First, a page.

La Crescent also tried a pilot treatment plant using electrodialysis reversal before finally settling on a new plant that would use preformed hydrous manganese oxides (HMOs) with multi-media gravity filters.  An added advantage of the treatment process was that, in addition to reducing radium levels, the plant would cut down the iron problems.

“We had some iron issues with our deep wells,” said Albrecht, who added that they tried to deal with rust problems by flushing the system but that it was a “constant battle.”  In the 1990s, they began adding a polyphosphate to the water, which Albrecht said helped a lot.  In addition to the polyphosphate, the treatment at the time consisted of the addition of chlorine and fluoride.

Construction on a treatment plant began in 2007, and two of the wells have been connected to it (the third remains as an emergency backup well although it could be connected to the plant in the future).  TonkaZorb 3% (the preformed HMO) is added to the incoming water, which is then split before going through one of the two filters, each of which has a capacity of 500 gallons per minute.  Albrecht said that the TonkaZorb helps iron and manganese adhere to the radium, which is then removed simultaneously with the iron and manganese.

The treated water goes into a 50,000 gallon clearwell beneath the plant and then into the distribution system, which has two pressure zones.  The low-pressure zone has the 800,000-gallon Stoney Point Reservoir for storage.  In the last 20 years development on the bluffs led to the construction of the 500,000-gallon Crescent Hills Reservoir to serve the high-pressure zone. 

Filters at LaCrescent Water Treatment Plant
Pipes at LaCrescent Water Treatment Plant
The two gravity filters and pipes in the new water treatment plant in La Crescent.

Delays because of weather and other issues pushed back the completion by a few months, but the treatment facility went on-line in September 2008.  Samples taken in December by MDH engineer Paul Halvorson indicated that the plant was working well.  Radium levels are now under the detection limit of 1 pCi/L.  In addition, iron, which had been at 0.5 parts per million (ppm), is down to 0.1 ppm.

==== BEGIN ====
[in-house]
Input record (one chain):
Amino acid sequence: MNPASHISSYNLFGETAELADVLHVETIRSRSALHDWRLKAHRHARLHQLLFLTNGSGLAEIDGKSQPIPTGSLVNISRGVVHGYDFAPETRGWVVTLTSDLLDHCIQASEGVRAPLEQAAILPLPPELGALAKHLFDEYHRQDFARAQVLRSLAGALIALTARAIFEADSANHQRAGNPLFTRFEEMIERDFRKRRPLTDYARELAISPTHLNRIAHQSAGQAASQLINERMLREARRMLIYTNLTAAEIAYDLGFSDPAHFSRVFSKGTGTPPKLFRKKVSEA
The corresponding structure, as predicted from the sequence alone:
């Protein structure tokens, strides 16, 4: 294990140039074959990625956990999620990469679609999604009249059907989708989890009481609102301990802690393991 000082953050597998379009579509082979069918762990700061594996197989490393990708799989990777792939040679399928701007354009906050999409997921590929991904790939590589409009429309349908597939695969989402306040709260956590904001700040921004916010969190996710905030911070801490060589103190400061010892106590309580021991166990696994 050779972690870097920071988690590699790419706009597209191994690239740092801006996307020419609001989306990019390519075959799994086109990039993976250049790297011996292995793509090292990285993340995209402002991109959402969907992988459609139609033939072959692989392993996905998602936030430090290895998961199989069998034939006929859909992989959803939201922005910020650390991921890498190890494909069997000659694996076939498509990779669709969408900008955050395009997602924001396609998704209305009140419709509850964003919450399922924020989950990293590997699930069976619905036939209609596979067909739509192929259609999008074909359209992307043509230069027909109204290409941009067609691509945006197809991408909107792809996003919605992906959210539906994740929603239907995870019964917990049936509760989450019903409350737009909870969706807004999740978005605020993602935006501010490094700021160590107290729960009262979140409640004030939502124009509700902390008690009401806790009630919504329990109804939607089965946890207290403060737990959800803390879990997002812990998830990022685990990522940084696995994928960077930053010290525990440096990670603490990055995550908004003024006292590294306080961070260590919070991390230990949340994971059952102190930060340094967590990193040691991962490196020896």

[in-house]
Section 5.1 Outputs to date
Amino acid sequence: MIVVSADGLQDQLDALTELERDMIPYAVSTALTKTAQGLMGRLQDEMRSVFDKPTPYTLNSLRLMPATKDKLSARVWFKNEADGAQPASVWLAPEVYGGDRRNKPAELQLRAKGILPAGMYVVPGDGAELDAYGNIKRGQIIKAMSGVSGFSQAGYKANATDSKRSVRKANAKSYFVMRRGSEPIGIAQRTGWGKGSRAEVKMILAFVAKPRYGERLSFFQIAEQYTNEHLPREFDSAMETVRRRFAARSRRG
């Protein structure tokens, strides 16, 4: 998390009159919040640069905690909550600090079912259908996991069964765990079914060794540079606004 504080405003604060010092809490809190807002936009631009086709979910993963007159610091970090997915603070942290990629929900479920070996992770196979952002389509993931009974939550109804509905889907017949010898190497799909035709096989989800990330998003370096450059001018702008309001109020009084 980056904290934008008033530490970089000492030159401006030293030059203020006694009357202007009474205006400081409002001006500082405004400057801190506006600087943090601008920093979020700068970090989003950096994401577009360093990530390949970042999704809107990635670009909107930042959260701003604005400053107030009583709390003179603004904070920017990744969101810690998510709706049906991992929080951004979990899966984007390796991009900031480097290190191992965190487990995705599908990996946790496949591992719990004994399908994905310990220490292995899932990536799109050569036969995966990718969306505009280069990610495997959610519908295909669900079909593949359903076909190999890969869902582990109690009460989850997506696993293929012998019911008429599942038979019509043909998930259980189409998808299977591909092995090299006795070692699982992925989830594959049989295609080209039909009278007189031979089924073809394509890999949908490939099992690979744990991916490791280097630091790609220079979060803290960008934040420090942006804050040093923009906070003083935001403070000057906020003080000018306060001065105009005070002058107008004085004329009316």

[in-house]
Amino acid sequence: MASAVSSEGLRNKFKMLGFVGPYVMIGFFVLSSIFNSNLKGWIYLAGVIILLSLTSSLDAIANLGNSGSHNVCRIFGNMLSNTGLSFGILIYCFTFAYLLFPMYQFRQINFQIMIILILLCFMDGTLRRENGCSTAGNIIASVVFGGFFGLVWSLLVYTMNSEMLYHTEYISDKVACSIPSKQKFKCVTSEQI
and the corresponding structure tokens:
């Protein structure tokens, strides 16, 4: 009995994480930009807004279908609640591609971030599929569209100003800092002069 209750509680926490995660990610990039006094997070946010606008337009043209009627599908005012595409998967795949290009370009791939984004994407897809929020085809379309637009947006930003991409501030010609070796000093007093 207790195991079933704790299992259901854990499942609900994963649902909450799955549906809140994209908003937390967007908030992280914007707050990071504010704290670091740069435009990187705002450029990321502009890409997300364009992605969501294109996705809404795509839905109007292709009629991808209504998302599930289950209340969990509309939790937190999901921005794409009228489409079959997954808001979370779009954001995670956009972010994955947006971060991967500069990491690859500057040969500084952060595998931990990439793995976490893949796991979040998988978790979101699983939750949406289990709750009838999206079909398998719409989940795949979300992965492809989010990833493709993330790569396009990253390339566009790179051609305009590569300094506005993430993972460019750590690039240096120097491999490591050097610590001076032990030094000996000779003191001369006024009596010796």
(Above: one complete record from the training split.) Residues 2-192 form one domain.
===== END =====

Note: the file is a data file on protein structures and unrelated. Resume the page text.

The city raised water rates to offset the total project cost, which, including pipelines from two of the wells into the plant, was approximately $4 million.

At the same time La Crescent was building a new water plant, the city was getting out of the wastewater business.  With their wastewater plant due for an upgrade, La Crescent decided instead to send their sewage under the river to La Crosse, which had added capacity in anticipation of the continued growth of its brewery.  However, the glory years of brewing did not return, so La Crosse was able to take La Crescent’s wastewater, and a directionally bored sewage line was constructed under the river, connecting the two cities.  La Crescent paid for the piping up to the Wisconsin state line and now pays La Crosse to process its wastewater.

World's Largest Six Pack in LaCrosse, Wisconsin
The storage tanks of City Brewing Company, which hold beer, are decorated to make them the “World’s Largest Six-Pack.” However, the brewing business in La Crosse, Wisconsin, has declined in recent years, enabling the city to receive wastewater from La Crescent, Minnesota, across the river.

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Long Term 2 Enhanced Surface Water Treatment Rule

The Long Term 2 Enhanced Surface Water Treatment Rule (LT2ESWTR) aims to reduce the risk of disease caused by Cryptosporidium and other microbial pathogens. It requires source water monitoring at public water systems that use surface water or groundwater under the direct influence of surface water.

Four of the large-size surface water systems have already completed the required two-year long source water monitoring for Cryptosporidium, E. coli, and turbidity. Systems that serve between 10,000 and 49,999 people will complete the monitoring in March 2010.

The LT2ESWTR requires the small-size systems serving fewer than 10,000 people to conduct one year of bi-weekly E. coli monitoring, which began in October 2008. Results from this screening monitoring will determine if a system will be required to conduct the two-year long Cryptosporidium monitoring to determine a Bin Classification and the needs for additional treatment for Cryptosporidium.

Contact Lih-in Rezania at 651-201-4661 with LT2ESWTR questions. More information is available.

Surface Water Systems Serving Population:
Begin Source Water Monitoring
End Source Water Monitoring
Bin Classification by:
Further Action/Requirement
>99,999
October 1, 2006
September 30, 2008

April 1, 2009
2 systems in Bin 1

None
50,000-99,999
April 1, 2007
March 31, 2009

October 1, 2009
2 systems in Bin 1

None
10,000-49,999
April 1, 2008
March 31, 2010
October 1, 2012
Ongoing
TBD
<10,000-
E. coli
October 1, 2008
September 30, 2009
Results may trigger Crypto monitoring
TBD
<10,000 - Crypto
April 1, 2010
September 30, 2012
October 1, 2012 Bin - TBD
TBD

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Calendar

Operator training sponsored by the Minnesota Department of Health and the Minnesota AWWA will be held in several locations this spring.

Upcoming water training

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Updated Tuesday, December 02, 2014 at 11:00AM